Adresse: Langelands Museum, Jens Winthersvej 12, DK-5900 Rudkøbing

E-mail: hr@langelandkommune.dk

From Nordisk Museologi 2010/1, Abstract pp. 129-138


Abstract: This article is based on the dissertation by the author. It creates a connection between materials research and conservation and heritology. Materials research is a pan of multidisciplinary heritology and it has an important role in preserving cultural heritage. If reliable information for the documentation is needed about the materials in an object, on the origin of the object, on the authenticity of the object or on whether any restoration has been carried out previously, analyses that reveal chemical compositions must be performed. On the other hand, the materials research can be focused on examining the ageing properties of materials to find out the chemical and physical changes caused by different environmental conditions. This kind of research benefits the preservation of cultural heritage objects, because results can be applied to both preventive and active conservation. Furthermore, materials research is needed for testing and examining the conservation and restoration methods.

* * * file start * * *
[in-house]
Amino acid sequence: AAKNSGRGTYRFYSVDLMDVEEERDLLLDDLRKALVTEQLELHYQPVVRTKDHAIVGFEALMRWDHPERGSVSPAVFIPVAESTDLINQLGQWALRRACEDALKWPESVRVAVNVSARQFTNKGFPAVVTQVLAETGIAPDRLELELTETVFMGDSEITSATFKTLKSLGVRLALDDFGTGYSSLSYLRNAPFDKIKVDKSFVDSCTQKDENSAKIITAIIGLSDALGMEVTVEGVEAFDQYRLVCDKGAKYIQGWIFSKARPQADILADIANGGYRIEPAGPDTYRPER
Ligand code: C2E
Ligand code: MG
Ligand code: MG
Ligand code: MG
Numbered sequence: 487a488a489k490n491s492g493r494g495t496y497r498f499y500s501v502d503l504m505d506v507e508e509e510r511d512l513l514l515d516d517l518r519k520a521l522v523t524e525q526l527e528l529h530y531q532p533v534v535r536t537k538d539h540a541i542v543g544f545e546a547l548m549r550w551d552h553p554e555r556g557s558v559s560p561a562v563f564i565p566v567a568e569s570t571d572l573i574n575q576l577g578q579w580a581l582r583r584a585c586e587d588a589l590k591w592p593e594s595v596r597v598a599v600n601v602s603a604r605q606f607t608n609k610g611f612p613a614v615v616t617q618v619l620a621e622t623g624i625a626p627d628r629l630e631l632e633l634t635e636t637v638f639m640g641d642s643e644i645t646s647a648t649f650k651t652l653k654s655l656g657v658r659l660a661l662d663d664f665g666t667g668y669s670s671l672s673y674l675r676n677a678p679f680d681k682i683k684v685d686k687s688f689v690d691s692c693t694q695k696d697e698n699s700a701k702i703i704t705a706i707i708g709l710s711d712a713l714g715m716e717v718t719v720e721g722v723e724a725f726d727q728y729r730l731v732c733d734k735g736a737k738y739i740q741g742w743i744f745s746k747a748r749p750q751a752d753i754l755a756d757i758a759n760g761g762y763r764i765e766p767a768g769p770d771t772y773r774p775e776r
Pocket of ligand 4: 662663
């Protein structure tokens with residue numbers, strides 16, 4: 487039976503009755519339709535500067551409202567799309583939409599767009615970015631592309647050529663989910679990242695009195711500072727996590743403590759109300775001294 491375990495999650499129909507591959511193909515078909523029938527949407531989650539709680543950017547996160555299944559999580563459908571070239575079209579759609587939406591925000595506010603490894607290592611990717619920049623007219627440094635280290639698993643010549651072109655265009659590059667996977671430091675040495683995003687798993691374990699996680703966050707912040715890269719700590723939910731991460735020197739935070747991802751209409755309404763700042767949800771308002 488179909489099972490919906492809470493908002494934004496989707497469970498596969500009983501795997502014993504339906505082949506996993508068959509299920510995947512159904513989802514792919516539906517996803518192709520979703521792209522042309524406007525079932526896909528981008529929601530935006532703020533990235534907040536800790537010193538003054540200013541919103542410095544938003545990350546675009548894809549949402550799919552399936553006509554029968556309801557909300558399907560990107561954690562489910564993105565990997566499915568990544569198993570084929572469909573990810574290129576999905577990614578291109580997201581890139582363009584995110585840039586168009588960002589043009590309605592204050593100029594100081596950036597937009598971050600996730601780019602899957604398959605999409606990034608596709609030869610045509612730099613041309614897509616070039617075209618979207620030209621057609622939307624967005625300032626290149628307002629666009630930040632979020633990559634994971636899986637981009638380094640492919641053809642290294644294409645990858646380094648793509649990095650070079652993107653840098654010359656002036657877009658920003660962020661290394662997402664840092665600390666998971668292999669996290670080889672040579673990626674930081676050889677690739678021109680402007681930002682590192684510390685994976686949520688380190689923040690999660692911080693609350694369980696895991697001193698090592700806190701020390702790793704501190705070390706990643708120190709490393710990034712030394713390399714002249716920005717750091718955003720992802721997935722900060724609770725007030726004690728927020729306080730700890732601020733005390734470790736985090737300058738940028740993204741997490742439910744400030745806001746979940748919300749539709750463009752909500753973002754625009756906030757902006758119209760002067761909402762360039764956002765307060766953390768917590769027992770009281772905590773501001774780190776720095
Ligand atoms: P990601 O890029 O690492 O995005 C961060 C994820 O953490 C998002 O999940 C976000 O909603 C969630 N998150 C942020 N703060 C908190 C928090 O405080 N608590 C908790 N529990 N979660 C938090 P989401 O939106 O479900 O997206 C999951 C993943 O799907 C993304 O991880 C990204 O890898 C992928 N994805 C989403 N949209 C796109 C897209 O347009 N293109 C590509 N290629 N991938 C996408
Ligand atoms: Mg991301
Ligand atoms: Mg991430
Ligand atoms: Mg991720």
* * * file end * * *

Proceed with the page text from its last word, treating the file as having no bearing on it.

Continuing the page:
Key words: Materials research, conservation, restoration, documentation, authenticity.

*Ulla Knuutinen is a senior lecturer in conservation chemistry and materials research at Helsinki Metropolia University of Applied Sciences in Conservation Education

Address: Helsinki Metropolia University of Applied Sciences, Lummetie 2b, 01300 Vantaa, Finland

E-mail: ulla.knuutinen@metropolia.fi

From Nordisk Museologi 2010/1, Abstract pp. 141-143


Abstract: This article discusses the activities and impact of the Swedish National Agency for Higher Education (Högskoleverket) and the two evaluations of Swedish museology that this body has carried out.
Key words: Evaluation, museology, museum studies, examination right.

** Mr. Janne Vilkuna is Professor of Museology and the Director of the University Museum at Jyväskylä University, Finland.

Address: Museology, P.O. Box35 (G), FIN-400 14 Jyväskylä University

E-mail: janne.vilkuna@jyu.fi

Copyright 2010 Nordisk Museologi